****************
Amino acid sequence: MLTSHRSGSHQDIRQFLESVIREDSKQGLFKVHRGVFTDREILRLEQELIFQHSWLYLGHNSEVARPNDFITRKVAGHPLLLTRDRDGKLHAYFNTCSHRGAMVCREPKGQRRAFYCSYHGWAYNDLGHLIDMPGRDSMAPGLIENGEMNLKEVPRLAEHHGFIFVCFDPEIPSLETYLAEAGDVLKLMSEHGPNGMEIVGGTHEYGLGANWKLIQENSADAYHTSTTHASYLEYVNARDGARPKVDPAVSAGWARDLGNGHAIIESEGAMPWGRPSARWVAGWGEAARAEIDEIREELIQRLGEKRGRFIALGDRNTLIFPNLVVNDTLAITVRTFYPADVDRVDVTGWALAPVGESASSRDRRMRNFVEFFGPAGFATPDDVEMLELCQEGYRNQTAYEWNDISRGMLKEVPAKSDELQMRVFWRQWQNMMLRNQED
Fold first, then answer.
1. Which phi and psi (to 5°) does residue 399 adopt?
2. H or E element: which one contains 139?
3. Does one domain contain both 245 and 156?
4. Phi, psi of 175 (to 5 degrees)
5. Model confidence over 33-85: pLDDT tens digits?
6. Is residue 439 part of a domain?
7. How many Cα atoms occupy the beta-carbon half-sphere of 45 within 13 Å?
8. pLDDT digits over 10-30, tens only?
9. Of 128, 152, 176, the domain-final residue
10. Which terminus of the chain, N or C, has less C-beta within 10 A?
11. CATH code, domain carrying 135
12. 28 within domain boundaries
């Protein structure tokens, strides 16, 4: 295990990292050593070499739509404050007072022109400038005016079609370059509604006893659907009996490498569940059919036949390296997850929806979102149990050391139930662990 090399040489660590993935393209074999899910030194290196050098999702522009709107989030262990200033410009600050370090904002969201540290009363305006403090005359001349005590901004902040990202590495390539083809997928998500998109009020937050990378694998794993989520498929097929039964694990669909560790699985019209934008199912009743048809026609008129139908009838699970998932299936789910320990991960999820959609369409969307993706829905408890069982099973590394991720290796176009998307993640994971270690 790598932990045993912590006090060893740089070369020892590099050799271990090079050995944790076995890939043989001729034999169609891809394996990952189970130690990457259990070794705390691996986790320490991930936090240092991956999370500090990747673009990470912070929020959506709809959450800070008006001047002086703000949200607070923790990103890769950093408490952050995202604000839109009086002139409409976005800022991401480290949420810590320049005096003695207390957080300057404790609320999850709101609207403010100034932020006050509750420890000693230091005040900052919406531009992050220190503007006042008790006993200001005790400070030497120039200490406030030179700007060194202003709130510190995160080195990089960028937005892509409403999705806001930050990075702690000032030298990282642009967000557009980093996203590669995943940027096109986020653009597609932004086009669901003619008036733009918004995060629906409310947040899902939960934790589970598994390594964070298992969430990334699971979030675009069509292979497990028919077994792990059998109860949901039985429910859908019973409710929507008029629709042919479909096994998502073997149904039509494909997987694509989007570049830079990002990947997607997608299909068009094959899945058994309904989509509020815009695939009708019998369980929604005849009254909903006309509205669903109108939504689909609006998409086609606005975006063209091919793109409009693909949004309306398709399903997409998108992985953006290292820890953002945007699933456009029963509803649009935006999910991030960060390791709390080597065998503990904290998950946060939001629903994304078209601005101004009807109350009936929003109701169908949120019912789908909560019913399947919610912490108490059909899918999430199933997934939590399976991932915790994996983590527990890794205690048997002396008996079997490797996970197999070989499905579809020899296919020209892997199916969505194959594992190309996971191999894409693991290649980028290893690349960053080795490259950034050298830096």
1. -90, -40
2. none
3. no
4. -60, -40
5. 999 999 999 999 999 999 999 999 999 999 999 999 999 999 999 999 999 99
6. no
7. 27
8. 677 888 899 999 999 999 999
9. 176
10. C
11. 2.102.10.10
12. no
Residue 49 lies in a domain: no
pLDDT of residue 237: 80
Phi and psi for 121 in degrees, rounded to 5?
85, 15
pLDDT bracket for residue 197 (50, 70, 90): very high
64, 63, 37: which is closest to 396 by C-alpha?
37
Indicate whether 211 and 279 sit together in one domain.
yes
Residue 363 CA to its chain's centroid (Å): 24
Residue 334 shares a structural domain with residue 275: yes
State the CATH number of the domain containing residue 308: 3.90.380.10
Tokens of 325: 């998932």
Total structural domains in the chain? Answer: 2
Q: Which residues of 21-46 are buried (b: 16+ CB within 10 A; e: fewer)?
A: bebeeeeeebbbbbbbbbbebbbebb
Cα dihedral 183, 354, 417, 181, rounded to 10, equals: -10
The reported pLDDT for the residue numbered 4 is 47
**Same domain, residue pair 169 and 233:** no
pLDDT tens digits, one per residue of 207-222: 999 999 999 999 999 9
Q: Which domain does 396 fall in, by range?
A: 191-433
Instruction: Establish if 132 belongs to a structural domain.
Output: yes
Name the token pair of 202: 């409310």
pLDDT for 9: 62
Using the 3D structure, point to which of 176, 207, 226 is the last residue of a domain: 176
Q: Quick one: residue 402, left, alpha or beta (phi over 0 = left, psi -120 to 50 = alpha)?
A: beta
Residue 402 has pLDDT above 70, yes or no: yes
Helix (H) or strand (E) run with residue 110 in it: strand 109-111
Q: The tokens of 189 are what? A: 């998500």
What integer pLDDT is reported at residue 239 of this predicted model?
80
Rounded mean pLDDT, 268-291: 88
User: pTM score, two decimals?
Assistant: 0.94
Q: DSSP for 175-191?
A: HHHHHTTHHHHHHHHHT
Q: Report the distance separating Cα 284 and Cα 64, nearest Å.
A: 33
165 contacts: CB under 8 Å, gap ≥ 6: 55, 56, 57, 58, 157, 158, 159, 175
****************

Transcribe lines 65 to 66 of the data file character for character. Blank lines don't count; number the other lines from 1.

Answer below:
Q: DSSP for 175-191?
A: HHHHHTTHHHHHHHHHT